Now this is where it gets interesting.  The Rendezvous Method requires the meat to be cooked over direct heat at 300-350 and the meat kept at 18-24 inches over the top of the heat.  I don’t have a bullet or vertical smoker so how can pull this off?  Enter in the new Char-Broil Big Easy Smoker, Roster, and Grill:

Char-Broil sent us this grill and the new CB940X to review. For full disclosure they didn’t pay us to review them but did not charge us for the grills either.  This is the first gas grill I’ve ever owned.

I’ve done a few things on it to give it a thorough review.  This is one of them.  It does some things well and some things not so well. I will give the full review after I do a couple more things on it.  In the mean time I will discuss using it for this recipe which it did very well.

***Update ~ Here is the review in all its glory***

Why did it work so well?  Because it’s got a deep cooking chamber which gives me the effect of a vertical or bullet smoker:

The grill has a fairly deep chamber running about 16 inches and worked perfectly for this:

But first I need to add some smoke flavor or I might as well cook these on my stove.  The Big Easy comes with a little smoker box that can be filled with chips or pellets but it doesn’t last long.  Maybe 15 minutes and then it’s a pain to change out the chips.  But that’s not all that hard to overcome. A little tin foil and I have all the smoke I want.  I made tin foil trays and filled them with apple wood chips and placed them on the bottom of the grill chamber:

The foil will keep me from having to clean up ash from the bottom of the chamber.  Here we have the foil trays the next day:

And viola, no ash at the bottom of the chamber after removing the trays:

I spark the grill up and put it on high to get the chips to smoke:

Once the chips  start to smoke I drop down to low:

According to my cheap oven thermometer the temp is 450 on the grill grate:

But once I open the lid the temp will drop faster than the cheap thermometer can keep up with.  Not to mention the aluminum grill grate will dissipate the heat well, so I put the ribs on bone side down and slathered with the mop sauce:

I left the lid up and slathered the ribs three times over the first 15 minutes.  Here are the ribs at 15 minutes:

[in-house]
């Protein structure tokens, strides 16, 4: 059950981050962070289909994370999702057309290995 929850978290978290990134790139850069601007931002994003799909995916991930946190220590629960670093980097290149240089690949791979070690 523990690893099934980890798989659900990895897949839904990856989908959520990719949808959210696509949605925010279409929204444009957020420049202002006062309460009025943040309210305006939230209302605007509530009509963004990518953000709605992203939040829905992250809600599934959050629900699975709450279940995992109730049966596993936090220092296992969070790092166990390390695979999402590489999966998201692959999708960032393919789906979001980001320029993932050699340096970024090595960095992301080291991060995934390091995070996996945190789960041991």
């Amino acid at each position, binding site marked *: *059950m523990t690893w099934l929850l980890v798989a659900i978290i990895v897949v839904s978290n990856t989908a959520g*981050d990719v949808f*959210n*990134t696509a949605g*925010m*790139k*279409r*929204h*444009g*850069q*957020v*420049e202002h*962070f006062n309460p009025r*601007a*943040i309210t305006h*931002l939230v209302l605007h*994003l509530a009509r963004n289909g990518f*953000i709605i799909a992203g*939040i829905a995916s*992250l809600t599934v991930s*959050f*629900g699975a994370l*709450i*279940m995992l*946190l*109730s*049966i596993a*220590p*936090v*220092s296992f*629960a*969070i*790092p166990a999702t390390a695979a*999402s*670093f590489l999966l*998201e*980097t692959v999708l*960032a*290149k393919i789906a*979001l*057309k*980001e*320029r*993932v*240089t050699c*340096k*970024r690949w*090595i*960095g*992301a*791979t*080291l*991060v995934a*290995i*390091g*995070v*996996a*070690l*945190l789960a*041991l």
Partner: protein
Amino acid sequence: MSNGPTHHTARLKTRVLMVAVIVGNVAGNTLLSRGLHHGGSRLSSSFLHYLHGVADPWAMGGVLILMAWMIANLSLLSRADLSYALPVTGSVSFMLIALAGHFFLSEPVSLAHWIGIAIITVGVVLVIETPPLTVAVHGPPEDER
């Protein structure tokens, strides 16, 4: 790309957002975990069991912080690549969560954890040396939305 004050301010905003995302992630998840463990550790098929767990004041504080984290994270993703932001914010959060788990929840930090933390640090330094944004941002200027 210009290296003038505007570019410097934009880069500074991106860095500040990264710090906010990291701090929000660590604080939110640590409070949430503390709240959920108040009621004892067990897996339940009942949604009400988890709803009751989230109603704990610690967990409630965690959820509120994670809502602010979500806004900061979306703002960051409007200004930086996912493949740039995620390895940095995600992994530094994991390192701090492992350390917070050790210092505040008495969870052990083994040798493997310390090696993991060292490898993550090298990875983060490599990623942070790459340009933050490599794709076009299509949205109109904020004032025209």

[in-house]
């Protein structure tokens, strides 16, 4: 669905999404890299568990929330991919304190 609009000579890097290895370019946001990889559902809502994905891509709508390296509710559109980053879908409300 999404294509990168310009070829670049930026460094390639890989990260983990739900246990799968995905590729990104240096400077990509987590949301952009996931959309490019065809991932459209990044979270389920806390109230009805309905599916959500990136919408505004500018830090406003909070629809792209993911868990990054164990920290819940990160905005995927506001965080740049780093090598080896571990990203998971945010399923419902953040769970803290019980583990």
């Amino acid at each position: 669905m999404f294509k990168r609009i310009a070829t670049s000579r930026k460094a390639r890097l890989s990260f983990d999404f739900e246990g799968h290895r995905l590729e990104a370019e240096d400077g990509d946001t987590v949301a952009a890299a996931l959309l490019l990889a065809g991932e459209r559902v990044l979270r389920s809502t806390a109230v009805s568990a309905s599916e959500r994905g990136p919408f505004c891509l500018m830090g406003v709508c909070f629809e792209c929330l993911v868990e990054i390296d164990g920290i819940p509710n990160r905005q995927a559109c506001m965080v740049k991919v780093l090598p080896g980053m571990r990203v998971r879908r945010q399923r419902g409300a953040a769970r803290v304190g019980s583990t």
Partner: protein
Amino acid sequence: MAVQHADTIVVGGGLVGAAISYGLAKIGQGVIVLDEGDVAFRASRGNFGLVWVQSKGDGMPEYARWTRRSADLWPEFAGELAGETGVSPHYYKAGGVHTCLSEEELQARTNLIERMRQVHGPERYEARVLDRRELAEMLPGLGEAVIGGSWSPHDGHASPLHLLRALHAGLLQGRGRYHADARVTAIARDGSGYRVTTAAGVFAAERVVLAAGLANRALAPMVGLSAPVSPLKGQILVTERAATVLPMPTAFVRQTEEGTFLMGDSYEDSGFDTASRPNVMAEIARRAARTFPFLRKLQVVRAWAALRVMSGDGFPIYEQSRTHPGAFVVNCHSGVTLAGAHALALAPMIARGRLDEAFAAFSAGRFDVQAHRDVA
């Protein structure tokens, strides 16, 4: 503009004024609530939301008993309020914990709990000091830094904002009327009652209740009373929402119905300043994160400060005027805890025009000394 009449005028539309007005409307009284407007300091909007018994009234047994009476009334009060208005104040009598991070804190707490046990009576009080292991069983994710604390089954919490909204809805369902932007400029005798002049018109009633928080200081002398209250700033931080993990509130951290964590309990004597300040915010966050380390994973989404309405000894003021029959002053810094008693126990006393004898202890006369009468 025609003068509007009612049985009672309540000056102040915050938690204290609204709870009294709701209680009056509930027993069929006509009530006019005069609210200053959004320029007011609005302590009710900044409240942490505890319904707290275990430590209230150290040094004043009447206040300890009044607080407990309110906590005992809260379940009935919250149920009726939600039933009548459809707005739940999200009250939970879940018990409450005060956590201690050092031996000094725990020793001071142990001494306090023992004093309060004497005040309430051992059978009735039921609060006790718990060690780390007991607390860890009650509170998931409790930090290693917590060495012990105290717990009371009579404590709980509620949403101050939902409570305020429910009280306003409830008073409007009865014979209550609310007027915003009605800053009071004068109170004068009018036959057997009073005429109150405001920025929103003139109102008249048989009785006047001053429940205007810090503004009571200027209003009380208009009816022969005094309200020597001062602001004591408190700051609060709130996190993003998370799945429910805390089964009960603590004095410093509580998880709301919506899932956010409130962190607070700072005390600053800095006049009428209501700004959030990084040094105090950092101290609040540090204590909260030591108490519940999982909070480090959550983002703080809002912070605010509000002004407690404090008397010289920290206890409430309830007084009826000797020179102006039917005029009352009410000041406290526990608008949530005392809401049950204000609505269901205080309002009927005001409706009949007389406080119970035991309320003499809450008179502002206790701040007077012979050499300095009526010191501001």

Here they are on the bone side.  Our goal is to get this side golden brown and flip at 30 minutes.  At 15 minutes the bone side is goldening nicely, but not ready to flip:

And you can see that the temp is more in line with what we’re looking for at this point and stayed constant for the rest of the session:

I basted a total of maybe five times and then flipped at 30 minutes.  Here is what they looked like at 30 minutes on top:

Notice the pull back of the meat from the bones:

Here they are flipped:

One half  slab has some significant blackening.  That is the one that I brined.  That half slab is full of extra sugars that blackened more than the plain half slab.  Don’t be scared by the blackening.  The ribs were not burnt.

On a very positive note about the grill, as you can see, the smoke is rolling out very well from the foil trays.

After 45 minutes I checked the meat side of the non brined slab:

Here is the brined slab.  A little blacker, but not a problem, trust me:

I basted a 3-4 times after I flipped them.  The recipe called for the ribs to be on for 30 minutes on each side but the ribs told me they were done at 25 minutes based.  This picture tells it all.  You can see the unbrined slab looking golden and perfect and the brined slab you can see the meat pealing back from the bone which is what you are looking for with any ribs you do no matter what method you use: